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Mr. LATHAM. Mr. Chair, because of limited funding resources, the Subcommittee was not able to provide funding, as requested by the Office of Juvenile Justice, for a needed evidence-based competitive juvenile justice demonstration grant program. This type of a program would allow for new, innovative practices that may well lead to comprehensive change which, in turn, would likely produce better outcomes in treating at-risk juveniles.
A number of Members requested that the Subcommittee consider amending the Administration request to provide, within existing levels of funding in this bill, competitive grant program funding for qualified non-profit, private youth and family service organizations that can provide an Integrated Continuum of treatment services and programs for at-risk youth and their families.
We believe this approach is still important because it is estimated that 70 percent of youth in the juvenile justice system suffer from mental health issues, substance abuse, and/or learning disabilities. Most of these juveniles require an integrated, comprehensive treatment in order to allow them to succeed within their peer groups and families, in school, on jobs, or in their communities. Just as important, the families of most at-risk juveniles also require services and treatment programs to ensure that a juvenile's home environment is addressed.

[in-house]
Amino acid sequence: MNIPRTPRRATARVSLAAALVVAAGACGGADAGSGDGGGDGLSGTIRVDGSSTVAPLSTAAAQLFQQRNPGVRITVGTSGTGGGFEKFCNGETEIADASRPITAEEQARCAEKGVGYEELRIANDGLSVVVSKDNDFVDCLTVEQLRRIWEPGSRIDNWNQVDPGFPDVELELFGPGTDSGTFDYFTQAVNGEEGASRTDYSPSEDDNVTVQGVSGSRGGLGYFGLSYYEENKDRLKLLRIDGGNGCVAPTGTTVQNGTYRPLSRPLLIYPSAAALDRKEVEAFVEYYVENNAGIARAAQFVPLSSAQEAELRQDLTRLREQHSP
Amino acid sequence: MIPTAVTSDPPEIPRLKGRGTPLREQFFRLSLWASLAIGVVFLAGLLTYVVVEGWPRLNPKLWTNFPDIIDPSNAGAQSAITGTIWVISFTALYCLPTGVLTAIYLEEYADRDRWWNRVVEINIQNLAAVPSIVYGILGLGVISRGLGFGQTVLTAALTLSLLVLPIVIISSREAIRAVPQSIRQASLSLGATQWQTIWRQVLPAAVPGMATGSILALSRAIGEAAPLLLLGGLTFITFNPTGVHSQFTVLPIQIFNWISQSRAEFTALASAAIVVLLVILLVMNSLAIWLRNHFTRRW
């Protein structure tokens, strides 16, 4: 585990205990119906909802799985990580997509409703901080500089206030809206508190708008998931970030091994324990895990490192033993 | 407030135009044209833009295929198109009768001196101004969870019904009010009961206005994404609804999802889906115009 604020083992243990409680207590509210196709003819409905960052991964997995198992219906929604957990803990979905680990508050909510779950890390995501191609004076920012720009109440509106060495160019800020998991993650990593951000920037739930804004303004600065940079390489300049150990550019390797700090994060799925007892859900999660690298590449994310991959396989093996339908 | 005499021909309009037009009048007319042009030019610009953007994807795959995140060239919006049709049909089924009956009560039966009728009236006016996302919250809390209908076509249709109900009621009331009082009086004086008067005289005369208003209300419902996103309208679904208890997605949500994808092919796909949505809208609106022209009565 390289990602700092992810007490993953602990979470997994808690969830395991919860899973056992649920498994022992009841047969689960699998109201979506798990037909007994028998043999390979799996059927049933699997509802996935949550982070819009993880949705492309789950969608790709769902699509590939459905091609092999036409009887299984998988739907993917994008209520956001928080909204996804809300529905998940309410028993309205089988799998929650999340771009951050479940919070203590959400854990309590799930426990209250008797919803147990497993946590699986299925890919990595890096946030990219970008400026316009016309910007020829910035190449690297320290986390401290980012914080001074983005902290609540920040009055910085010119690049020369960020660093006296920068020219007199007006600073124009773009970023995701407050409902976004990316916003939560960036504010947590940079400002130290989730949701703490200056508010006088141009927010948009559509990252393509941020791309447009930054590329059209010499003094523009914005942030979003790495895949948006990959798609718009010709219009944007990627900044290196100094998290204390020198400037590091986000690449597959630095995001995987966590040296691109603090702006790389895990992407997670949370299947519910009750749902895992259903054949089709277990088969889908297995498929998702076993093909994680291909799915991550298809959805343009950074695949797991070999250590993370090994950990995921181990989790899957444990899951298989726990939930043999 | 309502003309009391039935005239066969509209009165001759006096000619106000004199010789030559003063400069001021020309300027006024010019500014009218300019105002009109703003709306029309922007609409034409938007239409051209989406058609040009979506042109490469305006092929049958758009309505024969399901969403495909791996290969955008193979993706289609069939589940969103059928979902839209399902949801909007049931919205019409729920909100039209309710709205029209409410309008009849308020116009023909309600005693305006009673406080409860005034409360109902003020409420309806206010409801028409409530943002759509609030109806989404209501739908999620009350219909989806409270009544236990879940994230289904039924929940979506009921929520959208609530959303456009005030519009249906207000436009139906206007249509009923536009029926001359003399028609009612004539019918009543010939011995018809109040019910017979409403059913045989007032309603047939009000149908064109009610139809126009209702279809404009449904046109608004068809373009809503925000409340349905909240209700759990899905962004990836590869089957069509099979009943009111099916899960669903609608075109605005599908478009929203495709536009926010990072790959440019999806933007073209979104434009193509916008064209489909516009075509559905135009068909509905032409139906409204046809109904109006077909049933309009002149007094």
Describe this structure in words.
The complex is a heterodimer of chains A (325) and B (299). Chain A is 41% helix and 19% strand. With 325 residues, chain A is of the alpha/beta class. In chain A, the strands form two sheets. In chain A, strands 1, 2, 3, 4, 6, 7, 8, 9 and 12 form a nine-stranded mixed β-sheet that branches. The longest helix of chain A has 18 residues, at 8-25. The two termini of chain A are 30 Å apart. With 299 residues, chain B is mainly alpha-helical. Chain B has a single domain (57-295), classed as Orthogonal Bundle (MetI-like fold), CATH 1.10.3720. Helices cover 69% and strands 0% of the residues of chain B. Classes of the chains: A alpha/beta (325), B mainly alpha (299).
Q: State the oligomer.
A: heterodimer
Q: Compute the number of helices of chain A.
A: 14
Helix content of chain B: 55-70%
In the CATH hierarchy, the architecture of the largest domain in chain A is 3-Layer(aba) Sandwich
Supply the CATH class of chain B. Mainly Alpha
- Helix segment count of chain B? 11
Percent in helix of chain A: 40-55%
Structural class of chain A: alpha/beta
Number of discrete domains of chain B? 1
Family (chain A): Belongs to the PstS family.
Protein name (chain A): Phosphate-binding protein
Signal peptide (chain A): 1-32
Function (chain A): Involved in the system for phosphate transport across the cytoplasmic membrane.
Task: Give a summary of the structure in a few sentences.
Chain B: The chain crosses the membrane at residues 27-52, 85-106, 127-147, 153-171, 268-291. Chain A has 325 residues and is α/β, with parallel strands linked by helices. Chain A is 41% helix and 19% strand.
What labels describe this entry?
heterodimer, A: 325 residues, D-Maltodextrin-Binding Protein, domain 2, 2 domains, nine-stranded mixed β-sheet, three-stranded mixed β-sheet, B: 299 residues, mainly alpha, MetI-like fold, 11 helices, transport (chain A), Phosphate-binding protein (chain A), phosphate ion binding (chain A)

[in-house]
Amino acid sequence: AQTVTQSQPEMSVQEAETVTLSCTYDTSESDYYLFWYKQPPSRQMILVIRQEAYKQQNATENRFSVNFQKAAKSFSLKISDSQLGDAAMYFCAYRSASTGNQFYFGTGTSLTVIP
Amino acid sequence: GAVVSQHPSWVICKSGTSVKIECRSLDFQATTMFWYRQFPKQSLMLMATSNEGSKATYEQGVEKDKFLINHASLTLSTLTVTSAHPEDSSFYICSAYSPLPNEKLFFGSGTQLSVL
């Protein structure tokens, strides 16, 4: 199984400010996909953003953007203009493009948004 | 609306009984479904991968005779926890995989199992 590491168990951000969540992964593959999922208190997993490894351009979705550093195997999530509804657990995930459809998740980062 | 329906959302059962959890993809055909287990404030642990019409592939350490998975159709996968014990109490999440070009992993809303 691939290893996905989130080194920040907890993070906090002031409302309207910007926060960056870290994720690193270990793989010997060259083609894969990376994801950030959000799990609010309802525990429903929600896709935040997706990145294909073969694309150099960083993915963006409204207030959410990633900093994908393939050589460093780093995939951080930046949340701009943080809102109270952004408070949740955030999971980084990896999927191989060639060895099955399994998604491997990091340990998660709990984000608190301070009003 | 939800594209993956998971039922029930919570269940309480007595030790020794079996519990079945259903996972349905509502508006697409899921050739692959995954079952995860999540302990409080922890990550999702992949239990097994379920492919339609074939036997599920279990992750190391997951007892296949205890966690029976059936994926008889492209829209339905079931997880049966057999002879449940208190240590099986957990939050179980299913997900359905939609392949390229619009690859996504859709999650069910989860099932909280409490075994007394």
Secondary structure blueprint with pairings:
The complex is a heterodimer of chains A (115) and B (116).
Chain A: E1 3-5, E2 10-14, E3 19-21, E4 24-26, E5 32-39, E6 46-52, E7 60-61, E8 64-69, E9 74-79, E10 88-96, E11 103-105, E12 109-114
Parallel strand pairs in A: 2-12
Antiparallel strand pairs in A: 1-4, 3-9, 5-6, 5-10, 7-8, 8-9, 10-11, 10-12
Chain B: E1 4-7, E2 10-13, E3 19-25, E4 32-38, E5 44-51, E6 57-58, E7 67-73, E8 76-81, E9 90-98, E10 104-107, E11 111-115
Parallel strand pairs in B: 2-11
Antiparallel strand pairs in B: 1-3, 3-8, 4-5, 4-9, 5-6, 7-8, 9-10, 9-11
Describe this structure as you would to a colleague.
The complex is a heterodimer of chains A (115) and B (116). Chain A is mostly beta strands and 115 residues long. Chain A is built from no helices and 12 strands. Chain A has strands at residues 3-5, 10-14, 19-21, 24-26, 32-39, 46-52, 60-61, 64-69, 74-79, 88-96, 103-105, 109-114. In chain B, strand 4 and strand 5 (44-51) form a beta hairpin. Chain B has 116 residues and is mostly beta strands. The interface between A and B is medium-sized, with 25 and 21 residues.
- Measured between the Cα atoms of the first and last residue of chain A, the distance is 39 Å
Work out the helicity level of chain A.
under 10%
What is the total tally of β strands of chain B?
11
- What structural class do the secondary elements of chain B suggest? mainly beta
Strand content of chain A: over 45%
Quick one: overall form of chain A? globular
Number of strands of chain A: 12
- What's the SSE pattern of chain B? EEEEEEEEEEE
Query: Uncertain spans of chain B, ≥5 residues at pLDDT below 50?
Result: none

There is a wide range of existing national, regional and state-wide, nonprofit qualified youth and family serving organizations that can provide evidenced-based, integrated continuum treatment services and programs for at-risk juveniles and their families. However most, if not all, of the existing program funding opportunities only provide funding for limited services and treatments for at-risk juveniles. They do not allow, where necessary, services and treatment programs for the families of juveniles.
Using an integrated continuum is critical to providing programs and services (including mental health and drug treatment), for both juveniles and their families, that will result in juveniles being permanently returned to improved home environments and becoming productive citizens. Early evidence suggests that an integrated approach is preferable to isolated and limited programs, because the integrated approach shows more promising potential for keeping youth out of the juvenile justice system and avoiding further arrest and recidivism.
Mr. Chair, I hope we can work with you, through the process, as your bill moves forward, to see if we can find a way to dedicate some resources to this integrated continuum of comprehensive services and treatment programs for both at-risk juveniles and their families.